Industry Voices

The Role of Families in Lifetime Financial Security

Some who step up to help family members when needed will have adequate resources, creating no impact on their retirement security, but for some others, family help may drain their resources and leave them in a worse or difficult situation for retirement.

By PS | April 13, 2017
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For many Americans, the extended family plays the role of sharing risk, supplementing savings and formal risk management. For other Americans, there are few or no family members available to help.

Family is an important part of our personal financial planning and financial wellness plan.

Key questions include:

  • What do retirees expect from their family in retirement, and vice versa?
  • What level of support do retired family members expect to give loved ones, and vice versa?
  • How do you prepare retirees and their loved ones for financial shocks during retirement?

Existing research leaves us valuable information, but also unanswered questions, so there is a need for further research. Here’s what we know:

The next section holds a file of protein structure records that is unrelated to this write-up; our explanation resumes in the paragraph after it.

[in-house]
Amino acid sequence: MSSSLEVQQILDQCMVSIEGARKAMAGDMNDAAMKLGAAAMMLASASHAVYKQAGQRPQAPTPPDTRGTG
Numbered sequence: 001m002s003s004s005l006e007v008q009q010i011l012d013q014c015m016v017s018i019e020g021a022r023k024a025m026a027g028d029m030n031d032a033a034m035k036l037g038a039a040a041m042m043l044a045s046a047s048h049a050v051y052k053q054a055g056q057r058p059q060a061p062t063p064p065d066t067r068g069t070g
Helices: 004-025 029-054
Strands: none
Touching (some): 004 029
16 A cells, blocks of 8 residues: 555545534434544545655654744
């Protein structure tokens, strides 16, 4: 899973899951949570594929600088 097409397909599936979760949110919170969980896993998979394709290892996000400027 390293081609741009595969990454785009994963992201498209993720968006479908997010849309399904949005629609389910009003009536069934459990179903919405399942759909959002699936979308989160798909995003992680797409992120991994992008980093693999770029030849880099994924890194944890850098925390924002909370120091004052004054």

What seniors want and expect  

In 2015, the Society of Actuaries (SOA) conducted focus groups[1] with retirees who had been retired 15 years or more.  Most retirees said they did not want to rely on their children for support but others saw children as possible support and a resource to fall back on. However, a major topic of the focus groups was shocks and unexpected expenses, including children needing financial help. Other studies indicate seniors are providing more financial help to children.

Families also play important roles in caregiving, but the cost to the caregiver may be overlooked.  One study estimated that the individual who provides caregiving for aging parents loses a lifetime average of more than $300,000 in wages, retirement benefits and Social Security benefits.[2] 

What Americans say about family and retirement  

The New American Family study[3], sponsored by the MetLife Mature Market Institute in partnership with the Society of Actuaries, documented the sense of responsibility Americans feel for aiding family members who need help.  This study surveyed adults ages 45 to 80 and focused on understanding whether there were differences by family type.  It found that half of the respondents with adult children have provided them with financial assistance, and one-fourth of respondents expect children to help retired parents in need.

[1] Post-Retirement Experiences of People Retired 15 Years or More, Society of Actuaries, 2016,

[2] Timmerman, Sandra and Anna M. Rappaport, Often Overlooked Issues in Retirement Planning – How Family Caregiving and Living Arrangements Relate to Long Term Care.  Retirement Management Journal, Summer 2016, Vol. 6, No. 1, published by the Retire Income Industry Association

[3] The MetLife Study of Family Structure and Financial Well Being, 2012,